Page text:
A Washington DC television station is reporting an apparent meteorite fall in Lorton, Va. The space rock, which has been taken to the Smithsonian Institution, crashed through the roof of a dentist's office at around 5:45 p.m. on Monday, narrowly missing patients and staff.

The reported time of the fall matches closely the time that scores of people from New Jersey to southern Virginia reported they saw a bright meteor fall, leaving a writhing smoke trail in the twilight sky. The Baltimore Sun's WeatherBlog has received more than 100 reports of the fall from observers.

The story on the Web site of WUSA9 in Washington says the mango-sized meteorite crashed through the roof and acoustical tiles of the Williamsburg Square Family Practice office in Lorton. Dr. Frank Ciampi told the station the crash was so loud he thought bookshelves had toppled.

Experts at the Smithsonian Institution's National Museum of Natural History, interviewed by the station, confirmed the fractured meteorite was a stony "chondrite" meteorite, with a dark fusion crust formed by the heat of its passage through the atmosphere.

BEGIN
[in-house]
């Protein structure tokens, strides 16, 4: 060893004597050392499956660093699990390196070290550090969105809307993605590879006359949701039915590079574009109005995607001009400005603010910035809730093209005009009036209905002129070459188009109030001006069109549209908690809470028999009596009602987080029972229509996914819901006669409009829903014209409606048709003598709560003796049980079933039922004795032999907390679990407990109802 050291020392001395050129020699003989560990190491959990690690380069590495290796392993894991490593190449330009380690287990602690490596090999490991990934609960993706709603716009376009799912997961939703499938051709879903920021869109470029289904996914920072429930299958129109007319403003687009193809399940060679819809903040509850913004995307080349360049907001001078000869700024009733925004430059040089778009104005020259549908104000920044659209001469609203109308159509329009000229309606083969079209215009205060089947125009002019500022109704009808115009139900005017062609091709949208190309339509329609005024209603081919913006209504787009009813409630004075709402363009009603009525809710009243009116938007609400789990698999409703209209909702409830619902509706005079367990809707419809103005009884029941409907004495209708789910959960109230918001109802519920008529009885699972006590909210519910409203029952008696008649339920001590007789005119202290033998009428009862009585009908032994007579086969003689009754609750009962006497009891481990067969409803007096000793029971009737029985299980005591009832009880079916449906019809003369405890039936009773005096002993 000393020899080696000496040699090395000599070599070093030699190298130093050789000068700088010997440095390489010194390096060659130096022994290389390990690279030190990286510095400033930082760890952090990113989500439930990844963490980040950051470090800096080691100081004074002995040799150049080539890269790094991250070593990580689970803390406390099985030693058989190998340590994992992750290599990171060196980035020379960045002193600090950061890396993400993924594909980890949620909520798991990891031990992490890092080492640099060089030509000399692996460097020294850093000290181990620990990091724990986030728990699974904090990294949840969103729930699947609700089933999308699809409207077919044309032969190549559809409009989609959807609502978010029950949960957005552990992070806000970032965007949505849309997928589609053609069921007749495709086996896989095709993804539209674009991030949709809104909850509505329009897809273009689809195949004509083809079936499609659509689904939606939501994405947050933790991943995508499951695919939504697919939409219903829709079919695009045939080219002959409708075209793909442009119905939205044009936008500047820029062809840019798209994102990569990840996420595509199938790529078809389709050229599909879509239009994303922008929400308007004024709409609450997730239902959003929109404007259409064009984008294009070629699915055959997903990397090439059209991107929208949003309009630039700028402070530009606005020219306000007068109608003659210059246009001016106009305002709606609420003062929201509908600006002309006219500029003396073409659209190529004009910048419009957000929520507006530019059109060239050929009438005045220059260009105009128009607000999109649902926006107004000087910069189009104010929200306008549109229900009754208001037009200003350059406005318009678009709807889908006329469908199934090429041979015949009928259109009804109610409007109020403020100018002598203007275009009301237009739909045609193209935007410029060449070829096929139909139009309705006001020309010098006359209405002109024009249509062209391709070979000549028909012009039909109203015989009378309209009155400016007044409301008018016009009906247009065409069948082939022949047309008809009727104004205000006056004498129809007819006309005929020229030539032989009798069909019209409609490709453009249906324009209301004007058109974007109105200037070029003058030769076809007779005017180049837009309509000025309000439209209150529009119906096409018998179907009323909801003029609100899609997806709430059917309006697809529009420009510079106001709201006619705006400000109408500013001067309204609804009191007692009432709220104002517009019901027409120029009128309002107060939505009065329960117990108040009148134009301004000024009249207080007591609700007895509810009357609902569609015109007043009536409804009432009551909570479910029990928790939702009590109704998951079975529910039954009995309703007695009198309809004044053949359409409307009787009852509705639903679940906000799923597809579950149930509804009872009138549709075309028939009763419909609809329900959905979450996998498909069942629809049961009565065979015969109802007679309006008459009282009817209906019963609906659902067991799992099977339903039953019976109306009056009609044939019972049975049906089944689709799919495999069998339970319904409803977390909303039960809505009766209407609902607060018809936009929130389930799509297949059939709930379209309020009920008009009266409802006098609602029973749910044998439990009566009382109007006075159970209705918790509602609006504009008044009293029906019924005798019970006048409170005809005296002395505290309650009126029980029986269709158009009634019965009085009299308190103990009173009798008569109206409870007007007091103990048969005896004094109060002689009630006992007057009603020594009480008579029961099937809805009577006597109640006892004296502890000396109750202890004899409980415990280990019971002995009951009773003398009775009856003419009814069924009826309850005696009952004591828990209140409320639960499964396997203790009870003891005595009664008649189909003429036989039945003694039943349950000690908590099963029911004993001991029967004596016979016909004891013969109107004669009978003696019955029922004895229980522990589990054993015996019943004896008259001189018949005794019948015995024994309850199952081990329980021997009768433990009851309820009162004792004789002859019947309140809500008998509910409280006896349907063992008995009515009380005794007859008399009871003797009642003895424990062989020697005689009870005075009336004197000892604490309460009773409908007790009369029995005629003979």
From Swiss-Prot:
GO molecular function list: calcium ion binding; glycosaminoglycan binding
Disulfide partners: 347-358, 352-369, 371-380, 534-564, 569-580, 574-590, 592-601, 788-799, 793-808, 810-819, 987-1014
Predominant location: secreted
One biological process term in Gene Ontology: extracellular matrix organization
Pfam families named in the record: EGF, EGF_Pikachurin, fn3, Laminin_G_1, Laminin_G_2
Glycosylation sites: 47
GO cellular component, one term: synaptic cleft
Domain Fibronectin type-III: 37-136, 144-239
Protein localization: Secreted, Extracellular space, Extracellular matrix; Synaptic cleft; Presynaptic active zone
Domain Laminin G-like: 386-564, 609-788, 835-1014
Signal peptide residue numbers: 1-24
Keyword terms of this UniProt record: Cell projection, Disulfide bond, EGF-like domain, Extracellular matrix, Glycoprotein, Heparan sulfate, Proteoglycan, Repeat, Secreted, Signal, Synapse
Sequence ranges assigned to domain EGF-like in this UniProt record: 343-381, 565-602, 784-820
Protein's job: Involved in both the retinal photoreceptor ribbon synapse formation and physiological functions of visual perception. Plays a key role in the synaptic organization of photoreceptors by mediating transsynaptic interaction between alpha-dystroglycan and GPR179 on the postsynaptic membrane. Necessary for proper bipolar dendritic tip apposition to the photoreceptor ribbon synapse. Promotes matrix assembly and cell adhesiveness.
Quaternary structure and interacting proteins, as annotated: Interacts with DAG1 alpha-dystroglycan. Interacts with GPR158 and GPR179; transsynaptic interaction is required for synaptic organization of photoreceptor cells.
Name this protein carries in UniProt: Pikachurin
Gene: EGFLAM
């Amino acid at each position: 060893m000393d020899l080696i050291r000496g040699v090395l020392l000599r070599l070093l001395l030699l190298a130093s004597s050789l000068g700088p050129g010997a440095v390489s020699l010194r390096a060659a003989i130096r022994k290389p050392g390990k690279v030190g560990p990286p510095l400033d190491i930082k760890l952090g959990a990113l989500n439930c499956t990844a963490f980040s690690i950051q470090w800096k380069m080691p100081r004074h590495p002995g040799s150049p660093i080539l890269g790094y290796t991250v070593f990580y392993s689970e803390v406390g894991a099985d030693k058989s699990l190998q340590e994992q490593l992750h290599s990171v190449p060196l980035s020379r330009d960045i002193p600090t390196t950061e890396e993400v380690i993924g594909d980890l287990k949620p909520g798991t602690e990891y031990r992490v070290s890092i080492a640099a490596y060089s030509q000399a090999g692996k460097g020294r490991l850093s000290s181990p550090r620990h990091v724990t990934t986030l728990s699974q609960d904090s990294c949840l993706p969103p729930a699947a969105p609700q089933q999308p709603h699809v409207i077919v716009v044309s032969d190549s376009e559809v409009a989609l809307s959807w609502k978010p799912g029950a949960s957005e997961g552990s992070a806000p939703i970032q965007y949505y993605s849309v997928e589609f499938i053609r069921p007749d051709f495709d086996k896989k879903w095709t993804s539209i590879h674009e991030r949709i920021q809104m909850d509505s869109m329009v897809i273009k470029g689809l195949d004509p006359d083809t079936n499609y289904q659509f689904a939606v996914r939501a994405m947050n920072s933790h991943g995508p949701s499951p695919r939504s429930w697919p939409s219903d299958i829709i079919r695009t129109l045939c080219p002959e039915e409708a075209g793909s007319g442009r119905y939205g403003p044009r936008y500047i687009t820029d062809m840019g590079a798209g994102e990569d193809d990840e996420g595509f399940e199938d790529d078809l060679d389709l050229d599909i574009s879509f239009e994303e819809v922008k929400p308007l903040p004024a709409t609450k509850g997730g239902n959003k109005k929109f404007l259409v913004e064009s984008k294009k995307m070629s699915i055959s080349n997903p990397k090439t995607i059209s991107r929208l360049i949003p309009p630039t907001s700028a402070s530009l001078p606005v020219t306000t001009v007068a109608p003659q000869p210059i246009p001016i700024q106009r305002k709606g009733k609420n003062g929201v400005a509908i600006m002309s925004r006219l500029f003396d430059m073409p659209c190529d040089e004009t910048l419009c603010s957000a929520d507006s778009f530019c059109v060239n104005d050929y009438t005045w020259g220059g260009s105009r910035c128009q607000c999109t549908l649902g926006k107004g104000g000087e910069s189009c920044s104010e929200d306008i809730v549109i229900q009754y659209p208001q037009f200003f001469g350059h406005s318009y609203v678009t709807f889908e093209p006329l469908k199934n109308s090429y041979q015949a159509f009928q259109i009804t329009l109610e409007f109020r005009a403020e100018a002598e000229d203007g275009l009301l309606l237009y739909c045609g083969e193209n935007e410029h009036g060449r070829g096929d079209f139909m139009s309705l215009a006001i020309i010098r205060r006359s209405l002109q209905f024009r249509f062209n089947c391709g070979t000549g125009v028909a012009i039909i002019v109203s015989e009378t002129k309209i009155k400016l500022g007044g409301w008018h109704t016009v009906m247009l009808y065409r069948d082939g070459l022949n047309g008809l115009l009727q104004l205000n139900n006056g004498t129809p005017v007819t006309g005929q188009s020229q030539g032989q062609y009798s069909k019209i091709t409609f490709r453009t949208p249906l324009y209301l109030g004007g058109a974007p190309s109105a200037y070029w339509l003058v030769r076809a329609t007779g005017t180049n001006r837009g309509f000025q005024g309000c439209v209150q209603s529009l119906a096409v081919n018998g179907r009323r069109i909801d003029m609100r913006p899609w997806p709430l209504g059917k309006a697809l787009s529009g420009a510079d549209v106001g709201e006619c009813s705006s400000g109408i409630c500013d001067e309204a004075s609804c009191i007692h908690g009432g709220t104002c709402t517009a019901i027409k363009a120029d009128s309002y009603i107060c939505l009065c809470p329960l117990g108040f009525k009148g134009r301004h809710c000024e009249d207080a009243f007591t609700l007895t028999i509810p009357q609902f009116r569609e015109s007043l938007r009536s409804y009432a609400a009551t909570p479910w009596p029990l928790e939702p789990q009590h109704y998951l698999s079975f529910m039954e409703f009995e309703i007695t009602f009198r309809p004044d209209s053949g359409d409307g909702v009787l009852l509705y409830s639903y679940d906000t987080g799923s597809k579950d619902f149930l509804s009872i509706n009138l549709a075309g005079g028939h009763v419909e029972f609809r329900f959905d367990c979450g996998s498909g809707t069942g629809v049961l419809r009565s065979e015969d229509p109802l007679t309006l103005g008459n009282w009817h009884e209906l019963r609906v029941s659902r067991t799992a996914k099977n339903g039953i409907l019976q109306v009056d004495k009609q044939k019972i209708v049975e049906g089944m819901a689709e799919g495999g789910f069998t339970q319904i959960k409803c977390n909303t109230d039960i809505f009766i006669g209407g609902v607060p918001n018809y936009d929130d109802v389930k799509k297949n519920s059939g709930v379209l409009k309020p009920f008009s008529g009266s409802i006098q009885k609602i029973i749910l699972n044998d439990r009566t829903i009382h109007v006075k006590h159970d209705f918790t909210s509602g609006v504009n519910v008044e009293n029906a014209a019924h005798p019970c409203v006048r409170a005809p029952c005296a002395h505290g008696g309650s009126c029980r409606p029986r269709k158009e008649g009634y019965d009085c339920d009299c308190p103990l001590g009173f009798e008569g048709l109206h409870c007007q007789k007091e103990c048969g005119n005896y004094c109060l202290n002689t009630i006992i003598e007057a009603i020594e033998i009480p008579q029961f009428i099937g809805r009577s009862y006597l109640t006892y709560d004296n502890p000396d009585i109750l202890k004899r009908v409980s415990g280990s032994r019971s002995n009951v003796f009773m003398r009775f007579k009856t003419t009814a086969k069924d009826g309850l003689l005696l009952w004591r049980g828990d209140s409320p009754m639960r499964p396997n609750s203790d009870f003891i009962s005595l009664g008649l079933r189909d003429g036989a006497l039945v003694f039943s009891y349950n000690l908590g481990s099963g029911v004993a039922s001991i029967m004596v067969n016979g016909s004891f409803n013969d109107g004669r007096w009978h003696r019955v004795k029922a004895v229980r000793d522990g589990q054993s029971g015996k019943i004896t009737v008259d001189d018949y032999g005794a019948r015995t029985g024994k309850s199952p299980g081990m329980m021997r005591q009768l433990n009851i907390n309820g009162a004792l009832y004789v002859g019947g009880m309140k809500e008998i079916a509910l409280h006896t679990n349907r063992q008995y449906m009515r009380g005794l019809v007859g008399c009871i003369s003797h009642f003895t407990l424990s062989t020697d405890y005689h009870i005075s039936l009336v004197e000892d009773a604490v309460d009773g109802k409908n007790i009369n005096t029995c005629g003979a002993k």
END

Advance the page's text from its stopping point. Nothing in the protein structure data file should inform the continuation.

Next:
Professional meteorite hunter Steve Arnold says he is on his way to Virginia. "I hope to find some other pieces," he said in email to the WeatherBlog. Arnold also took part in the apparently unsuccessful hunt for fragments of the meteor that fell somewhere along the Mason-Dixon line north of Baltimore last July 6. That fall was accompanied by a sonic boom that startled residents in Maryland and Pennsylvania.

The Smithsonian museum's Linda Welzenbach said the Lorton meteorite is believed to be only the fourth confirmed meteorite fall in Virginia's history.